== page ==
In a new development, a team of researchers at UCLA have devised a technique that expands the capabilities of fluorescence microscopy. This allows researchers to label parts of living cells and tissues precisely using dyes that illuminate under special lighting.
Researchers employed artificial intelligence to convert two-dimensional images into vertical assembly of virtual three-dimensional slices. This slicing displays activities inside organisms.
Not only this, the framework for the study called Deep-Z was able to correct errors in images. The errors that happen when a sample is slant or curved. Furthermore, the apparatus could use 2-D images from one type of microscope and construct 3-D images of samples virtually. The quality of 3-D images such as akin to one obtained from an advanced microscope.
Deep Z Apparatus obstructs Exposure to Light
The new method is very powerful. The method employs deep learning to carry out 3-D imaging of living specimens. The apparatus involves least exposure to light that can be toxic to samples. The details of the study and features of the framework were provided by senior author of the study.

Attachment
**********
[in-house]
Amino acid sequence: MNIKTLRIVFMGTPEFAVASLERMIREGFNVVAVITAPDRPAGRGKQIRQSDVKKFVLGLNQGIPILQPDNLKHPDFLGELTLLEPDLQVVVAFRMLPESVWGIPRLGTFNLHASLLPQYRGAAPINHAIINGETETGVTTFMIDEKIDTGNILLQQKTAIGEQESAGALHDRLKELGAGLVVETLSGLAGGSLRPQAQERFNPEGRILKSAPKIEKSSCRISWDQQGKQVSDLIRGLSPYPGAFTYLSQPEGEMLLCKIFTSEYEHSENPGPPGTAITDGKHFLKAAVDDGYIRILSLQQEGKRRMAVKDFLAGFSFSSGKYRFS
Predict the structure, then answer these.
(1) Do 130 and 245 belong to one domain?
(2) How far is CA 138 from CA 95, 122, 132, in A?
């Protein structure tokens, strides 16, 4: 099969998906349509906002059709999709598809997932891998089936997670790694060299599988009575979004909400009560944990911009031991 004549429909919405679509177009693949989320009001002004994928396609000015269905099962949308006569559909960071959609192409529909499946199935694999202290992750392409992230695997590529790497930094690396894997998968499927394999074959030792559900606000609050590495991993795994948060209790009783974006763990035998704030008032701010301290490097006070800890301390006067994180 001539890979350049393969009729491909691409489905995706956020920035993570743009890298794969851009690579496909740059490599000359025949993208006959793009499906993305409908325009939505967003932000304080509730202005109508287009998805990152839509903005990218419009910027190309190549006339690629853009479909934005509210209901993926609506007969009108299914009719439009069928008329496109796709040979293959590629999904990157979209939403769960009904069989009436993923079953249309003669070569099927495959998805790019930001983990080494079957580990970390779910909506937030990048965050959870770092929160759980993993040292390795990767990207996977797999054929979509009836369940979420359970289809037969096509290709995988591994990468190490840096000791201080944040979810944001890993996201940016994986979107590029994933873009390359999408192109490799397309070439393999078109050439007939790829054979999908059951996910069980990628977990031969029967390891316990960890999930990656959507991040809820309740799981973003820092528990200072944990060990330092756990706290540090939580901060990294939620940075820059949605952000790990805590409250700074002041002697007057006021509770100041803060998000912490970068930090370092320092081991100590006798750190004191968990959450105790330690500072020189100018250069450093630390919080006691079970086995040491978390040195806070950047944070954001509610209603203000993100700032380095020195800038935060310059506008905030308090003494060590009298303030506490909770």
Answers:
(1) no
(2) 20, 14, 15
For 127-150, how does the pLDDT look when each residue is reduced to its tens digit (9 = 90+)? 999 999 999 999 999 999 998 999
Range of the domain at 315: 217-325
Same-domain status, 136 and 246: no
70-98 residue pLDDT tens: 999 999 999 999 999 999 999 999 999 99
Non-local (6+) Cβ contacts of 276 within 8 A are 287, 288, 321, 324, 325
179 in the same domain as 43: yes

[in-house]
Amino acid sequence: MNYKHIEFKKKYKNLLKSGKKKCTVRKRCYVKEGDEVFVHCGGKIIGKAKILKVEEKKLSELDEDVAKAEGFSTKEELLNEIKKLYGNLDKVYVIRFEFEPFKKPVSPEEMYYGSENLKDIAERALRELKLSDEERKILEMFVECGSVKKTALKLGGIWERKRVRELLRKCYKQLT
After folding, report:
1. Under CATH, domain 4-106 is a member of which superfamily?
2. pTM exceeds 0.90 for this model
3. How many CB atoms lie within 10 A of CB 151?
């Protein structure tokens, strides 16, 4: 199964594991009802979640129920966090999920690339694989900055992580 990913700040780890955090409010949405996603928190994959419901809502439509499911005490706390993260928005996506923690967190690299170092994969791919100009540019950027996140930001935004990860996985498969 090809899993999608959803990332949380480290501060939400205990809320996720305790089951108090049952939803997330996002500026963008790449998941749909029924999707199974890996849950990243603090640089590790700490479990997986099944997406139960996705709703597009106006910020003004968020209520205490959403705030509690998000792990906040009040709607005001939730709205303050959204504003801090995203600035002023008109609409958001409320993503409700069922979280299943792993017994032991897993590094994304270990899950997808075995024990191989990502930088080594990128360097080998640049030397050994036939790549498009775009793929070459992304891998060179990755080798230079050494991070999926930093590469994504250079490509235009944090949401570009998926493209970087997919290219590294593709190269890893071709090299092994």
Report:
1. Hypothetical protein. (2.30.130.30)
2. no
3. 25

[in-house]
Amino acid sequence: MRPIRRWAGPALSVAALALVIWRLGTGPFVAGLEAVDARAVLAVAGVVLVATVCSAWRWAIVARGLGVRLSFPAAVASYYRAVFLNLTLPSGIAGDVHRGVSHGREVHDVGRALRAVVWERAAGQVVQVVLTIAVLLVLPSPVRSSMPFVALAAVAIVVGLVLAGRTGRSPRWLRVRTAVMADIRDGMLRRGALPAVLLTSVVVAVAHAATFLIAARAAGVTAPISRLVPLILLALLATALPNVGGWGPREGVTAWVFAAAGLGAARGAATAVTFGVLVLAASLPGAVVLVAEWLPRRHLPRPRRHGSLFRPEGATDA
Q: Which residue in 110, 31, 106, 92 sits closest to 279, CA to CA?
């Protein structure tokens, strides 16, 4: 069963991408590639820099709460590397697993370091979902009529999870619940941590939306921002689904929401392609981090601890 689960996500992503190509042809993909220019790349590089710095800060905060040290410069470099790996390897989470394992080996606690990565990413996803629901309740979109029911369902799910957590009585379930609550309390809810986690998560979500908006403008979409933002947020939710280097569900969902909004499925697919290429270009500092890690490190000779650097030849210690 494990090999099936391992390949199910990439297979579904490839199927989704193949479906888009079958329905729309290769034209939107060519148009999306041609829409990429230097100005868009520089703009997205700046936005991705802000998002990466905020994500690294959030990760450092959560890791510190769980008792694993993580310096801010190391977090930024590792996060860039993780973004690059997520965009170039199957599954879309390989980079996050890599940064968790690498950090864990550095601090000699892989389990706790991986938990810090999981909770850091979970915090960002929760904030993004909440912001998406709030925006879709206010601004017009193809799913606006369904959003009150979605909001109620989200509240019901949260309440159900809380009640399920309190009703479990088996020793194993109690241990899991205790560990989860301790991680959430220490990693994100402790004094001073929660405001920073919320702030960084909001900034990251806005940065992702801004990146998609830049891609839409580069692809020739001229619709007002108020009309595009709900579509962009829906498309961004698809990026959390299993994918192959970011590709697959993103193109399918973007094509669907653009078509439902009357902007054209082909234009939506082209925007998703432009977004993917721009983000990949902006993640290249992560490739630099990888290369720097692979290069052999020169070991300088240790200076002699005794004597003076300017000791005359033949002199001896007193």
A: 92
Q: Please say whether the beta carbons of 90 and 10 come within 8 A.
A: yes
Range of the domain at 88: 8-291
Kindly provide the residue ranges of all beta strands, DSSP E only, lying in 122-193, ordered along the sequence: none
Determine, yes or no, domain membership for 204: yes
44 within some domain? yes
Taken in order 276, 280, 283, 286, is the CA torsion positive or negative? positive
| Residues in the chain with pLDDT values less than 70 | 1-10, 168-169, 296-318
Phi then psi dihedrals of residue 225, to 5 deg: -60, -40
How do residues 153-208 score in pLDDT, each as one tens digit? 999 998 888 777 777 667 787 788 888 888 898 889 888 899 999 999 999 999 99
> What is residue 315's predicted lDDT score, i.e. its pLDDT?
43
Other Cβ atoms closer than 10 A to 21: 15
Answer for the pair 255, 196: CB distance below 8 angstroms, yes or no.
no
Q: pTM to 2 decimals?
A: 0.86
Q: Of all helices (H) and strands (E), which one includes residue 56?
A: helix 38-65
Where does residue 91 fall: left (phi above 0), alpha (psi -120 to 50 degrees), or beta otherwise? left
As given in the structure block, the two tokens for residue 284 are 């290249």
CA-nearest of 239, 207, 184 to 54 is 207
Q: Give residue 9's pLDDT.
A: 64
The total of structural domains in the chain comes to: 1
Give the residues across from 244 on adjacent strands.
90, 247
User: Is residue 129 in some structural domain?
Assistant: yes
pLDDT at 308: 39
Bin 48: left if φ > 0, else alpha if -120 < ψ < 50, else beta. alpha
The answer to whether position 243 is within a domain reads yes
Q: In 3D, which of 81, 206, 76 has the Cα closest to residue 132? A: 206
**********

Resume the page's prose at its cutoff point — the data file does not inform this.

The framework provides other advantages too. It not only spares specimen from potential damage of doses of light, the system serves as a new tool for 3-D imaging. A tool for life science researchers and biologists that is simpler, speedier, and less expensive than current methods.
The feature to correct aberrations thus provides further scope for study of live organisms. This allows to gather data from images that were otherwise unusable. The virtual access to expensive and complicated equipment is also possible.
The research reinstates a method developed earlier. The method allows to render super resolution 2-D fluorescence microscopic images. Deep learning enhances usability of both techniques.
Deep Z is learned using experimental images from scanning fluorescence microscope.